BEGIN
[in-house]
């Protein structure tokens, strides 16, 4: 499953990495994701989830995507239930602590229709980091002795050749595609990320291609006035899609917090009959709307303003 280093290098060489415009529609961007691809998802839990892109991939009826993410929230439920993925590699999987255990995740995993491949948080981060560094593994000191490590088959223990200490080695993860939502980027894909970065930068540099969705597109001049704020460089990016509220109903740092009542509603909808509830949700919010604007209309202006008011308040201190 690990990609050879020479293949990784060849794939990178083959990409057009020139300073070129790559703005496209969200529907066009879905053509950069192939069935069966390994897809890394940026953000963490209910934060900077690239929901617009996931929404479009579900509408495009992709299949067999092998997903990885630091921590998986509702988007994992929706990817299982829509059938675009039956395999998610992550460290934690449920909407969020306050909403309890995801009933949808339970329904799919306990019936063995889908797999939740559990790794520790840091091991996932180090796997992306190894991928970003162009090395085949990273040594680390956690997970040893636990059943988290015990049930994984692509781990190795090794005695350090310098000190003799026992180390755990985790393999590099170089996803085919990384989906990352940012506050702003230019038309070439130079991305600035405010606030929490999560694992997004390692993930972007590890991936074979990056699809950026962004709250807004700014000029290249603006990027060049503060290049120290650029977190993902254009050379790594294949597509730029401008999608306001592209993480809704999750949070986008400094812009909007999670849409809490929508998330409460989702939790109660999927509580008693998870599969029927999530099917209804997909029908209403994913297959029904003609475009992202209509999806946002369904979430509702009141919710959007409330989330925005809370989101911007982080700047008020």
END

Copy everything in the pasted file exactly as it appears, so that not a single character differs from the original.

[in-house]
């Protein structure tokens, strides 16, 4: 499953990495994701989830995507239930602590229709980091002795050749595609990320291609006035899609917090009959709307303003 280093290098060489415009529609961007691809998802839990892109991939009826993410929230439920993925590699999987255990995740995993491949948080981060560094593994000191490590088959223990200490080695993860939502980027894909970065930068540099969705597109001049704020460089990016509220109903740092009542509603909808509830949700919010604007209309202006008011308040201190 690990990609050879020479293949990784060849794939990178083959990409057009020139300073070129790559703005496209969200529907066009879905053509950069192939069935069966390994897809890394940026953000963490209910934060900077690239929901617009996931929404479009579900509408495009992709299949067999092998997903990885630091921590998986509702988007994992929706990817299982829509059938675009039956395999998610992550460290934690449920909407969020306050909403309890995801009933949808339970329904799919306990019936063995889908797999939740559990790794520790840091091991996932180090796997992306190894991928970003162009090395085949990273040594680390956690997970040893636990059943988290015990049930994984692509781990190795090794005695350090310098000190003799026992180390755990985790393999590099170089996803085919990384989906990352940012506050702003230019038309070439130079991305600035405010606030929490999560694992997004390692993930972007590890991936074979990056699809950026962004709250807004700014000029290249603006990027060049503060290049120290650029977190993902254009050379790594294949597509730029401008999608306001592209993480809704999750949070986008400094812009909007999670849409809490929508998330409460989702939790109660999927509580008693998870599969029927999530099917209804997909029908209403994913297959029904003609475009992202209509999806946002369904979430509702009141919710959007409330989330925005809370989101911007982080700047008020």